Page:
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Old 05-29-2014, 06:28 PM   #1
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Idiot-check this plan


My exterior walls have a layer of stucco that's in okay condition, but was stupidly covered in a bad layer of spray stucco that's peeling off everywhere. I can't have a new layer put over the top because it won't adhere properly. So I'm thinking that instead, what I should have done is take the opportunity to put insulation boards over the stucco and have a new layer of stucco applied over that.

So this would be the wall sandwich, interior to exterior:

Drywall
Studs + fiberglass batts
Plywood
Two layers of building paper
Traditional hardcoat stucco
New insulation boards; two layers of of 2" thick EPS boards with staggered and taped seams
New stucco + lath


Couple of questions about the sanity of this plan:

1. Can I realistically use two layers of EPS foam to avoid having to add a new water control layer? There's already such a layer in the wall sandwich (the building paper under the existing layer of stucco), and the boards will be staggered.

2. Since traditional hardcoat stucco is heavy and would be applies to a wall surface that's cantilevered out 4", would it be sane to use surface-bonding cement or some other cementitious one-coat product?

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Old 05-29-2014, 06:32 PM   #2
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Idiot-check this plan


How about an EFIS cover-up?

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Old 05-29-2014, 06:34 PM   #3
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Originally Posted by Bud Cline View Post
How about an EFIS cover-up?
That's basically what this would be. Only with the insulation being 4 inches thick and the stucco being more of a traditional cementitious variety rather than face-sealed and polymer-based.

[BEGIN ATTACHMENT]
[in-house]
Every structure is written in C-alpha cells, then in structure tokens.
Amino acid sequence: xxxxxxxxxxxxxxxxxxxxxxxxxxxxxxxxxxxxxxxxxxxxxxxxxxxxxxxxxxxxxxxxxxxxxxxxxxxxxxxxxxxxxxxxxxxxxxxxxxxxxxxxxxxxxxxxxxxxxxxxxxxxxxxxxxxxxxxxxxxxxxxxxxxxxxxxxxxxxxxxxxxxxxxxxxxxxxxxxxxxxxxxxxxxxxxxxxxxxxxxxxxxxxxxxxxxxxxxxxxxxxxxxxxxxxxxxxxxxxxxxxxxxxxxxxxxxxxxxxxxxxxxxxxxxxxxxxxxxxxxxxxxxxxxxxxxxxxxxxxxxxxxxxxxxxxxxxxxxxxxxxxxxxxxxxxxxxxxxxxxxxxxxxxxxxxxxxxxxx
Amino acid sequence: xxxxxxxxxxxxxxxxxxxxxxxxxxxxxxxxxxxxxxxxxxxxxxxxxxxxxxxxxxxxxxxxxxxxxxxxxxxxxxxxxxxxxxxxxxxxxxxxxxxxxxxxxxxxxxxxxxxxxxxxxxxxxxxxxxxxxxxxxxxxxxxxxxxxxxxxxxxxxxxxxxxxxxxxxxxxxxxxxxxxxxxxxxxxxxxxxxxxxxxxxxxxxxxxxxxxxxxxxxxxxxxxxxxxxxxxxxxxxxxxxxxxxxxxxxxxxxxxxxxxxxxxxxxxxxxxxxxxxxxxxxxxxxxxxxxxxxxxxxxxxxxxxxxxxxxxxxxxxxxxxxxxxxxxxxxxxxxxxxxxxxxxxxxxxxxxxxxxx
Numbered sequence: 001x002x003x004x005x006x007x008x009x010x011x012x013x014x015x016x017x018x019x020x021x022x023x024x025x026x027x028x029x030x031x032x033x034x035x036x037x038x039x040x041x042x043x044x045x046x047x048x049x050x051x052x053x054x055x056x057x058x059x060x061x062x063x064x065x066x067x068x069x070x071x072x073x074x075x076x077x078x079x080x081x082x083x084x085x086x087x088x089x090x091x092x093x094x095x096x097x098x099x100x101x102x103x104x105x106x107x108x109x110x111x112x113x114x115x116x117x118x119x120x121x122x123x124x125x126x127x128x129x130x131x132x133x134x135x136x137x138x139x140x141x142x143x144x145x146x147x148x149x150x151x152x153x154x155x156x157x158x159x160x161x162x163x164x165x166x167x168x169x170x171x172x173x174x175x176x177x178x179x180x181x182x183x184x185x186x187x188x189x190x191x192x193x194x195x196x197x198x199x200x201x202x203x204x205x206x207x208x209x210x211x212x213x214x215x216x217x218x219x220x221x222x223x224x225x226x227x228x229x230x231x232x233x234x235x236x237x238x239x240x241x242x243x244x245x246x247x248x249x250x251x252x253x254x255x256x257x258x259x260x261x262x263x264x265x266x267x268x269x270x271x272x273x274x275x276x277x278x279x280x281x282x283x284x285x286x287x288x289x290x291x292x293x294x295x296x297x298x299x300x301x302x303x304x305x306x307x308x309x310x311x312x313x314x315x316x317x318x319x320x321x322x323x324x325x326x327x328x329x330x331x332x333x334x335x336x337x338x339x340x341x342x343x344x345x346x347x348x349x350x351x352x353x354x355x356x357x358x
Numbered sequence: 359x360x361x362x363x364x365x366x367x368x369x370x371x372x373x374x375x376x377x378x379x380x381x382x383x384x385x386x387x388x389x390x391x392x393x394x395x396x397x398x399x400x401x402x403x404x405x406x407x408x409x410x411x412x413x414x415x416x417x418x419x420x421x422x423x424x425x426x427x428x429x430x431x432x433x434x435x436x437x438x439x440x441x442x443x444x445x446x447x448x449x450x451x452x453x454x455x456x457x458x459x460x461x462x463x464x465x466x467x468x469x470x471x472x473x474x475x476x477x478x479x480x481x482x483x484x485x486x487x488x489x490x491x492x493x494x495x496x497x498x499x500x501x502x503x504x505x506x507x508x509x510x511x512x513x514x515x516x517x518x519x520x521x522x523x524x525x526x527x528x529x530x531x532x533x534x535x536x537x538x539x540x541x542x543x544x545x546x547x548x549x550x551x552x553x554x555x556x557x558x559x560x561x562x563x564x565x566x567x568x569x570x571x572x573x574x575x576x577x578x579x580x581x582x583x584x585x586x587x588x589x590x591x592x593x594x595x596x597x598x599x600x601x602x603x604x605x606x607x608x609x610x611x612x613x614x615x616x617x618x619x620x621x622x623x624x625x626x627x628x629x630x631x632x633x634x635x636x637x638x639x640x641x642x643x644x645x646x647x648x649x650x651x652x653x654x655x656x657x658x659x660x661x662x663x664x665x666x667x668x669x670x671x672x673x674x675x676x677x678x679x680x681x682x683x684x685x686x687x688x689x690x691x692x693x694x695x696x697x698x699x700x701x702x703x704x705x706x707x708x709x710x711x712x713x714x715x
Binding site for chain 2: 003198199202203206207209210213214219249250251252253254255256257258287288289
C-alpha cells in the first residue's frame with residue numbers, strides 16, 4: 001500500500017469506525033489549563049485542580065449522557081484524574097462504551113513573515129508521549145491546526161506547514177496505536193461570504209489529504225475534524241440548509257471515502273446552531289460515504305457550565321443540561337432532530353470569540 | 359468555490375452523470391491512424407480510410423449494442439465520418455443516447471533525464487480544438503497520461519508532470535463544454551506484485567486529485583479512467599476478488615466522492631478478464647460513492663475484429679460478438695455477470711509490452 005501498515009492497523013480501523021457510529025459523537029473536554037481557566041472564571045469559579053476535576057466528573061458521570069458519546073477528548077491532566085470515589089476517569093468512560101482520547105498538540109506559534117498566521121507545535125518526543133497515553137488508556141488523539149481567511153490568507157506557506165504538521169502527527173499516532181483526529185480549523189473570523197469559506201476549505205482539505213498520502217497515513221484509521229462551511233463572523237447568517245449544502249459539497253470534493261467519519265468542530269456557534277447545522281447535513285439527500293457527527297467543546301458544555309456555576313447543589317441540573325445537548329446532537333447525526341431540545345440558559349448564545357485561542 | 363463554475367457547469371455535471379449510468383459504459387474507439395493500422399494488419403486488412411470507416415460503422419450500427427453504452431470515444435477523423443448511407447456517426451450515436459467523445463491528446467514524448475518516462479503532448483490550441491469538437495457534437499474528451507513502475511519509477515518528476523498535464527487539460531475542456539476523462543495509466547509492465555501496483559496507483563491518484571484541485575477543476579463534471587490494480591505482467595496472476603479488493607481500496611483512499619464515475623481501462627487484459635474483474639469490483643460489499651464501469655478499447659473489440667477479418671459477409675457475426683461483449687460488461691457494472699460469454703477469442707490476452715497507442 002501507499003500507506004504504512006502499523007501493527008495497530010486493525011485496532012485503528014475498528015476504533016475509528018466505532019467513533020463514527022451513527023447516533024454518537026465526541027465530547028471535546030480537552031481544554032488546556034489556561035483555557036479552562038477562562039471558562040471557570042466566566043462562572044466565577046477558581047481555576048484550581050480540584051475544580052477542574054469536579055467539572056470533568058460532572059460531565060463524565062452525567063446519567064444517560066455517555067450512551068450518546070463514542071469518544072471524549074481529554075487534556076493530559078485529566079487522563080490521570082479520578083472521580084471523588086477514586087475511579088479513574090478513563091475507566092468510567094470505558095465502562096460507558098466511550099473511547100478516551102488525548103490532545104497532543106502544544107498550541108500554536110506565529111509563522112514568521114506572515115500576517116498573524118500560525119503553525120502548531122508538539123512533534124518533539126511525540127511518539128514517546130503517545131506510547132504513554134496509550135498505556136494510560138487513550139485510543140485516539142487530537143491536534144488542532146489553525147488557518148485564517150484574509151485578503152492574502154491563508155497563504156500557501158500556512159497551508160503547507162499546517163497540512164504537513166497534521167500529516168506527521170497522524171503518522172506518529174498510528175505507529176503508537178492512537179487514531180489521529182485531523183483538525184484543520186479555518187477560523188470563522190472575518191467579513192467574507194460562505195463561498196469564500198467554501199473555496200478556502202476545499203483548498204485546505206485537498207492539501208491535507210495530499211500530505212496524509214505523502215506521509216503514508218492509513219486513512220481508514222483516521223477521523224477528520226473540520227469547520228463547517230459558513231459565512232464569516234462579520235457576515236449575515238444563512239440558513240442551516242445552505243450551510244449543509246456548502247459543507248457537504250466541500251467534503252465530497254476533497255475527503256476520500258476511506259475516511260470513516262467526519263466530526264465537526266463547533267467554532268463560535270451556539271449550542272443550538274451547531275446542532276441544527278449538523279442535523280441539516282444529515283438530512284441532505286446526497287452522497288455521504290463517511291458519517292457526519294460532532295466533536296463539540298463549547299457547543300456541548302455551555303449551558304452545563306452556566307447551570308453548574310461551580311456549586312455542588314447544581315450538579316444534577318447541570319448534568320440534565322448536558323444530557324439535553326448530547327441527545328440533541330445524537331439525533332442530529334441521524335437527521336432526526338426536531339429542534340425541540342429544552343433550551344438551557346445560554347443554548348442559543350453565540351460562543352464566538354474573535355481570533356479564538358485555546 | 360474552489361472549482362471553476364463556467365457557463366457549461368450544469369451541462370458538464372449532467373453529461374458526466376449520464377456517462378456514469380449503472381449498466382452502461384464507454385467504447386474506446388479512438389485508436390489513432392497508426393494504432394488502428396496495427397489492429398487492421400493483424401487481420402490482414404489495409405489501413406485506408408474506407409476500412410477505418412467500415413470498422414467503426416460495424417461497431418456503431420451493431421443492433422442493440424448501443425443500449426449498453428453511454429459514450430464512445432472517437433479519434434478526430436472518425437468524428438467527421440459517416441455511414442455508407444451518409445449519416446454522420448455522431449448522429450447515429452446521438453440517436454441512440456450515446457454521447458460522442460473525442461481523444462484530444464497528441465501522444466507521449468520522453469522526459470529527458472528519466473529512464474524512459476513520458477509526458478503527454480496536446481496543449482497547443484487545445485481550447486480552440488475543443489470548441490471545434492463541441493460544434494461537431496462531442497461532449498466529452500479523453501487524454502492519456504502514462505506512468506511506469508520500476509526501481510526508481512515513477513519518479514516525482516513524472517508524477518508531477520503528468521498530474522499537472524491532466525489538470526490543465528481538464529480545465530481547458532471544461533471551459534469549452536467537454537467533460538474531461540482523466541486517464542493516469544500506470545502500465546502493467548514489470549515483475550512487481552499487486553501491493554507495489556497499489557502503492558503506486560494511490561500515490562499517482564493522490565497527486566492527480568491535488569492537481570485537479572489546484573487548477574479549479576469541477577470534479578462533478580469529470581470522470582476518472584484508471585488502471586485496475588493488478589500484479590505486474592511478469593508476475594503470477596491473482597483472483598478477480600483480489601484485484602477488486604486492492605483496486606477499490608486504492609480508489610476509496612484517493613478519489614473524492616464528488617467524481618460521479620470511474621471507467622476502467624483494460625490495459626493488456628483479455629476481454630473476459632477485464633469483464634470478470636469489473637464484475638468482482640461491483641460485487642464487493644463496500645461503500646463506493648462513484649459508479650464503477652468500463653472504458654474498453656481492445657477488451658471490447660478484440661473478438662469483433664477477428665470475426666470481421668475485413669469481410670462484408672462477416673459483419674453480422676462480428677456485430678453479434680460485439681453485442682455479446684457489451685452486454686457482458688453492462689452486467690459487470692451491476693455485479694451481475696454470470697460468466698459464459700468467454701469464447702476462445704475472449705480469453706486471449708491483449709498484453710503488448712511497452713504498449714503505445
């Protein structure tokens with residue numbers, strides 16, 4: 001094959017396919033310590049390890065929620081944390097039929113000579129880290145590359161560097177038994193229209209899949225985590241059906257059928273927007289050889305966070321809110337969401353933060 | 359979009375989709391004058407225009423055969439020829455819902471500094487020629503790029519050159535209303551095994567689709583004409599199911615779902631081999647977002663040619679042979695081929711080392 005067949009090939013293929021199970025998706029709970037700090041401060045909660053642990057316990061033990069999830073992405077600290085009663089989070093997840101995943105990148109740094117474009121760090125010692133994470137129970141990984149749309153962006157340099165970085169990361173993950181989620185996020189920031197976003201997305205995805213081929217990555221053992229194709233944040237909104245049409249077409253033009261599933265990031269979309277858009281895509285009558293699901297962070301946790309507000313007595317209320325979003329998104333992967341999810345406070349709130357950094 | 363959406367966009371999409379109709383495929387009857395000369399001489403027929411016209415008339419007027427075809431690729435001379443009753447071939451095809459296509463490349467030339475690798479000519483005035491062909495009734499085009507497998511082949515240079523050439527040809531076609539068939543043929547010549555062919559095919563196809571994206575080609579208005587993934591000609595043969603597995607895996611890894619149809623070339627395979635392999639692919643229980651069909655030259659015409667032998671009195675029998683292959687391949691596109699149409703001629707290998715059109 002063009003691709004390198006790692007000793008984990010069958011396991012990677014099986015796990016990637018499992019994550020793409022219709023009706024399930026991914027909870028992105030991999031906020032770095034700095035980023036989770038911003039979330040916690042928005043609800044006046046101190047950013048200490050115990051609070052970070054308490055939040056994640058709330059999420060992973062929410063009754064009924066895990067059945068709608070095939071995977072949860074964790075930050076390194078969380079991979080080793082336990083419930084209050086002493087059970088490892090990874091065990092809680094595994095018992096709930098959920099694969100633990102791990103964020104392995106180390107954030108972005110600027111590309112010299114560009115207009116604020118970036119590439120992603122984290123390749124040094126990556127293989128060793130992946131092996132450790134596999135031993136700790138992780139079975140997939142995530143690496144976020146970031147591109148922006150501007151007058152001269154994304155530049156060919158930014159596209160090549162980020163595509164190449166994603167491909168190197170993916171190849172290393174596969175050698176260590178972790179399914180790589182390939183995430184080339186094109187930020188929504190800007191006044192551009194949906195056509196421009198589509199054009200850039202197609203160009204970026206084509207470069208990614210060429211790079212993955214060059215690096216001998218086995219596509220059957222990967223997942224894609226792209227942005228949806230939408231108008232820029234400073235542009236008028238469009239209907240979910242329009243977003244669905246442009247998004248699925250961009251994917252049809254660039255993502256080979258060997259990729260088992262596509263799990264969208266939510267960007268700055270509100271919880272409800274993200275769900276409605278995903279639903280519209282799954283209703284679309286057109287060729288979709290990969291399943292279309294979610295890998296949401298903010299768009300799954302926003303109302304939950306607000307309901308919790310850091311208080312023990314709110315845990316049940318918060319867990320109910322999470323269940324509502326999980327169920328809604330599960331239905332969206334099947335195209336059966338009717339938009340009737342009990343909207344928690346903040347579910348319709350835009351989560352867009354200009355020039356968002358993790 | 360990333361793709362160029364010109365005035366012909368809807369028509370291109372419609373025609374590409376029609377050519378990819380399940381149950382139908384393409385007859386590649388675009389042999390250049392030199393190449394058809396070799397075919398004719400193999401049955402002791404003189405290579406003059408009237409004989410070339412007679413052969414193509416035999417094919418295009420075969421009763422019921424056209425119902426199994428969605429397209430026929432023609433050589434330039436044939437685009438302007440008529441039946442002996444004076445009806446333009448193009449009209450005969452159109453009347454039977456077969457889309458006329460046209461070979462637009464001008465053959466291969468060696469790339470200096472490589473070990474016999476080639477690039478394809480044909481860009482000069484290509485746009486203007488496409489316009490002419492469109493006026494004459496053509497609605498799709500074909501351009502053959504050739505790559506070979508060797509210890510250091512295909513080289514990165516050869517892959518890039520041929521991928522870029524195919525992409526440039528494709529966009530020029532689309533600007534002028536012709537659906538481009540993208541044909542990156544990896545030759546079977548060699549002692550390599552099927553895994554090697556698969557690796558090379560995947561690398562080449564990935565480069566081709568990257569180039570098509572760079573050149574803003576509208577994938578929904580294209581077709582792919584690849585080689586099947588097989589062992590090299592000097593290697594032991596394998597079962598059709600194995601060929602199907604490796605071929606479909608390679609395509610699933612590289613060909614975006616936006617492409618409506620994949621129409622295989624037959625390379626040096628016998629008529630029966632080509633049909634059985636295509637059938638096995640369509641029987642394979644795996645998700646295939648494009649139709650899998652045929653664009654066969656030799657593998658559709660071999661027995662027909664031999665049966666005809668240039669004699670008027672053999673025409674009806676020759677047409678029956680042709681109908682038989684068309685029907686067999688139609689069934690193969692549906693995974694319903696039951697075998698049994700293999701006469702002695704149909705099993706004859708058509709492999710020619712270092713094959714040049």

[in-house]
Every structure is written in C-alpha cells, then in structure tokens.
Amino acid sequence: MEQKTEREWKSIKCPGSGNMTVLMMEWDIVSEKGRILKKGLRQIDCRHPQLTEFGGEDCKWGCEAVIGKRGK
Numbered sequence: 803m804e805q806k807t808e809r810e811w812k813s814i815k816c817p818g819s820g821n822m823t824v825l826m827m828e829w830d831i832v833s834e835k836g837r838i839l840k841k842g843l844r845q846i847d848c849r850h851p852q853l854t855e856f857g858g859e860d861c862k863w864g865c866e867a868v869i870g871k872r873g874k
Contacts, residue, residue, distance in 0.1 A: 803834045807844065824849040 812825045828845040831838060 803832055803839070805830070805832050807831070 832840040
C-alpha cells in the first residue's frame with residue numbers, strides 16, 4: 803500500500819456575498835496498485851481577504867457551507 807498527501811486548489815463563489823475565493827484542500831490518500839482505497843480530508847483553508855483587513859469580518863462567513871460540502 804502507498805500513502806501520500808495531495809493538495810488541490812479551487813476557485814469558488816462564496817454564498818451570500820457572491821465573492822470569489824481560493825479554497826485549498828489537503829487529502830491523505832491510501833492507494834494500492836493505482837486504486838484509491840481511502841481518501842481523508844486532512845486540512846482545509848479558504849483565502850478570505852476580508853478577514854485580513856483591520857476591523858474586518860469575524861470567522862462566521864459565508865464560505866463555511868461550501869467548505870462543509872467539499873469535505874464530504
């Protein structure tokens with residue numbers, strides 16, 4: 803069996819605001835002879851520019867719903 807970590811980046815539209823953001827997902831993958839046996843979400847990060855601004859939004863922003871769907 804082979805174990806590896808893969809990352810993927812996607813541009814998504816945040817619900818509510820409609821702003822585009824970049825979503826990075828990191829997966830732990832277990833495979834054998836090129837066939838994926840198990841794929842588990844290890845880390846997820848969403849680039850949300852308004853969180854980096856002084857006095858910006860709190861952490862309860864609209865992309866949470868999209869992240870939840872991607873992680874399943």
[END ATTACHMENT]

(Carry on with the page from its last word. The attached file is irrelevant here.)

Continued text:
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Old 05-29-2014, 07:27 PM   #4
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Without some footing to support the weight, the stucco is going to strip off what every you hang.

If you watch how they hang the mesh for stucco, they nail right into studs.

Assuming normal 3 layer stucco....7/8" thick....each foot of wall 8' tall is going to weigh over 80 lbs. So, a wall 10' long is going to be over 800 lbs.

I think your going to have a hard time keeping something like that from shearing off your existing wall.
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Old 05-29-2014, 07:59 PM   #5
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Originally Posted by iLikeDirt View Post
That's basically what this would be. Only with the insulation being 4 inches thick and the stucco being more of a traditional cementitious variety rather than face-sealed and polymer-based.
No it's not!!! Not even close.
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Old 05-29-2014, 08:52 PM   #6
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Originally Posted by Bud Cline View Post